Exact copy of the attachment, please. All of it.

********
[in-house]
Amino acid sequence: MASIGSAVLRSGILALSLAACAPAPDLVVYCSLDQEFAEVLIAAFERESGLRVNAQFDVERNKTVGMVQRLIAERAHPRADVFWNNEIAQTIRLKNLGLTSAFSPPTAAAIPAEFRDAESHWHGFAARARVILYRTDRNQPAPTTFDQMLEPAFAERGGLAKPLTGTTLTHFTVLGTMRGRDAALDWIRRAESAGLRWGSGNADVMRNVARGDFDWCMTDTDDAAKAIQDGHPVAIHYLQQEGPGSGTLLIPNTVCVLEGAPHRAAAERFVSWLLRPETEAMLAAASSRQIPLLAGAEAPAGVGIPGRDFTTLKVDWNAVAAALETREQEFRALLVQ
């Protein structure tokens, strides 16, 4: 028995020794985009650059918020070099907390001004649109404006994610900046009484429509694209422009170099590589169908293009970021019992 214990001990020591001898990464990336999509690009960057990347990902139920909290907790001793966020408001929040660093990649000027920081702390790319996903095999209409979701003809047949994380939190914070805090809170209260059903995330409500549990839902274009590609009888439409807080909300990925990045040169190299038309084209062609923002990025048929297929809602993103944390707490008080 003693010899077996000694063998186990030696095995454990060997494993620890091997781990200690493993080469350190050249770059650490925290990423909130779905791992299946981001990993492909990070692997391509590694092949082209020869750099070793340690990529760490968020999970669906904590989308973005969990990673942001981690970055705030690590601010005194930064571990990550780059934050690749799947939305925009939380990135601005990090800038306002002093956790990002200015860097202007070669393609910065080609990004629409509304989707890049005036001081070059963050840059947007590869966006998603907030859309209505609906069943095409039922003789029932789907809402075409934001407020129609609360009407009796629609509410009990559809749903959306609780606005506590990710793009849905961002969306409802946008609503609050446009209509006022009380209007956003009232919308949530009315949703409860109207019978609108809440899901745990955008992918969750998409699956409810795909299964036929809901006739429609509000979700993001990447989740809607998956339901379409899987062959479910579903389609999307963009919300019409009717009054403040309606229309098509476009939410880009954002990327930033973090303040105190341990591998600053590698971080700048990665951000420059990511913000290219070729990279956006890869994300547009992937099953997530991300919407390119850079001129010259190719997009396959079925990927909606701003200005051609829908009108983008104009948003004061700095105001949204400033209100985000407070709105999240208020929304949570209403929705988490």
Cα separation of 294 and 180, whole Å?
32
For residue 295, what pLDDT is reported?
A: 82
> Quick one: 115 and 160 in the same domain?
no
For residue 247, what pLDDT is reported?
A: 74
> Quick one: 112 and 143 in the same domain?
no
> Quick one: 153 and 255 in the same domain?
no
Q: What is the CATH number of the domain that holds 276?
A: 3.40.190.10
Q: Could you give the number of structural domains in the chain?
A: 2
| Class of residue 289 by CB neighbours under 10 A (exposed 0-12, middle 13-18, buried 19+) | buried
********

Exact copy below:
[in-house]
Amino acid sequence: MASIGSAVLRSGILALSLAACAPAPDLVVYCSLDQEFAEVLIAAFERESGLRVNAQFDVERNKTVGMVQRLIAERAHPRADVFWNNEIAQTIRLKNLGLTSAFSPPTAAAIPAEFRDAESHWHGFAARARVILYRTDRNQPAPTTFDQMLEPAFAERGGLAKPLTGTTLTHFTVLGTMRGRDAALDWIRRAESAGLRWGSGNADVMRNVARGDFDWCMTDTDDAAKAIQDGHPVAIHYLQQEGPGSGTLLIPNTVCVLEGAPHRAAAERFVSWLLRPETEAMLAAASSRQIPLLAGAEAPAGVGIPGRDFTTLKVDWNAVAAALETREQEFRALLVQ
């Protein structure tokens, strides 16, 4: 028995020794985009650059918020070099907390001004649109404006994610900046009484429509694209422009170099590589169908293009970021019992 214990001990020591001898990464990336999509690009960057990347990902139920909290907790001793966020408001929040660093990649000027920081702390790319996903095999209409979701003809047949994380939190914070805090809170209260059903995330409500549990839902274009590609009888439409807080909300990925990045040169190299038309084209062609923002990025048929297929809602993103944390707490008080 003693010899077996000694063998186990030696095995454990060997494993620890091997781990200690493993080469350190050249770059650490925290990423909130779905791992299946981001990993492909990070692997391509590694092949082209020869750099070793340690990529760490968020999970669906904590989308973005969990990673942001981690970055705030690590601010005194930064571990990550780059934050690749799947939305925009939380990135601005990090800038306002002093956790990002200015860097202007070669393609910065080609990004629409509304989707890049005036001081070059963050840059947007590869966006998603907030859309209505609906069943095409039922003789029932789907809402075409934001407020129609609360009407009796629609509410009990559809749903959306609780606005506590990710793009849905961002969306409802946008609503609050446009209509006022009380209007956003009232919308949530009315949703409860109207019978609108809440899901745990955008992918969750998409699956409810795909299964036929809901006739429609509000979700993001990447989740809607998956339901379409899987062959479910579903389609999307963009919300019409009717009054403040309606229309098509476009939410880009954002990327930033973090303040105190341990591998600053590698971080700048990665951000420059990511913000290219070729990279956006890869994300547009992937099953997530991300919407390119850079001129010259190719997009396959079925990927909606701003200005051609829908009108983008104009948003004061700095105001949204400033209100985000407070709105999240208020929304949570209403929705988490």
Cα separation of 294 and 180, whole Å?
32
For residue 295, what pLDDT is reported?
A: 82
> Quick one: 115 and 160 in the same domain?
no
For residue 247, what pLDDT is reported?
A: 74
> Quick one: 112 and 143 in the same domain?
no
> Quick one: 153 and 255 in the same domain?
no
Q: What is the CATH number of the domain that holds 276?
A: 3.40.190.10
Q: Could you give the number of structural domains in the chain?
A: 2
| Class of residue 289 by CB neighbours under 10 A (exposed 0-12, middle 13-18, buried 19+) | buried